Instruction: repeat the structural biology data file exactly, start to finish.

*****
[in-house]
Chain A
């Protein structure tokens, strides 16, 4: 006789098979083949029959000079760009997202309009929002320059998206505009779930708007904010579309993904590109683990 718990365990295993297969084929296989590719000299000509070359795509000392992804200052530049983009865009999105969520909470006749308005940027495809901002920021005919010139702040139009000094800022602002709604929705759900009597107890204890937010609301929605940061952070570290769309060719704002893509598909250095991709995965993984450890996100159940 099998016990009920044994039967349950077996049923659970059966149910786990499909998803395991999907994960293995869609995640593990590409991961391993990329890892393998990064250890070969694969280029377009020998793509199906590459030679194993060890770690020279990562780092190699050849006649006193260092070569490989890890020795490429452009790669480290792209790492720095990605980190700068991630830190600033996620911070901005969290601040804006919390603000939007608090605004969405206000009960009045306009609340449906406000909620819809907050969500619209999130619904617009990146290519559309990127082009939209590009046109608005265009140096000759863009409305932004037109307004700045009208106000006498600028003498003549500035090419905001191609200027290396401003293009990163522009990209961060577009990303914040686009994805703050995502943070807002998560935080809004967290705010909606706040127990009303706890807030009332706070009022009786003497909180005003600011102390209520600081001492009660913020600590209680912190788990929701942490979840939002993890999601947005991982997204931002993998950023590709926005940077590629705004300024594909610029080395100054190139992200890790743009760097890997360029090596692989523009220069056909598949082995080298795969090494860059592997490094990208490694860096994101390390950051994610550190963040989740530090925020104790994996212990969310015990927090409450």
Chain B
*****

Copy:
[in-house]
Chain A
């Protein structure tokens, strides 16, 4: 006789098979083949029959000079760009997202309009929002320059998206505009779930708007904010579309993904590109683990 718990365990295993297969084929296989590719000299000509070359795509000392992804200052530049983009865009999105969520909470006749308005940027495809901002920021005919010139702040139009000094800022602002709604929705759900009597107890204890937010609301929605940061952070570290769309060719704002893509598909250095991709995965993984450890996100159940 099998016990009920044994039967349950077996049923659970059966149910786990499909998803395991999907994960293995869609995640593990590409991961391993990329890892393998990064250890070969694969280029377009020998793509199906590459030679194993060890770690020279990562780092190699050849006649006193260092070569490989890890020795490429452009790669480290792209790492720095990605980190700068991630830190600033996620911070901005969290601040804006919390603000939007608090605004969405206000009960009045306009609340449906406000909620819809907050969500619209999130619904617009990146290519559309990127082009939209590009046109608005265009140096000759863009409305932004037109307004700045009208106000006498600028003498003549500035090419905001191609200027290396401003293009990163522009990209961060577009990303914040686009994805703050995502943070807002998560935080809004967290705010909606706040127990009303706890807030009332706070009022009786003497909180005003600011102390209520600081001492009660913020600590209680912190788990929701942490979840939002993890999601947005991982997204931002993998950023590709926005940077590629705004300024594909610029080395100054190139992200890790743009760097890997360029090596692989523009220069056909598949082995080298795969090494860059592997490094990208490694860096994101390390950051994610550190963040989740530090925020104790994996212990969310015990927090409450």
Chain B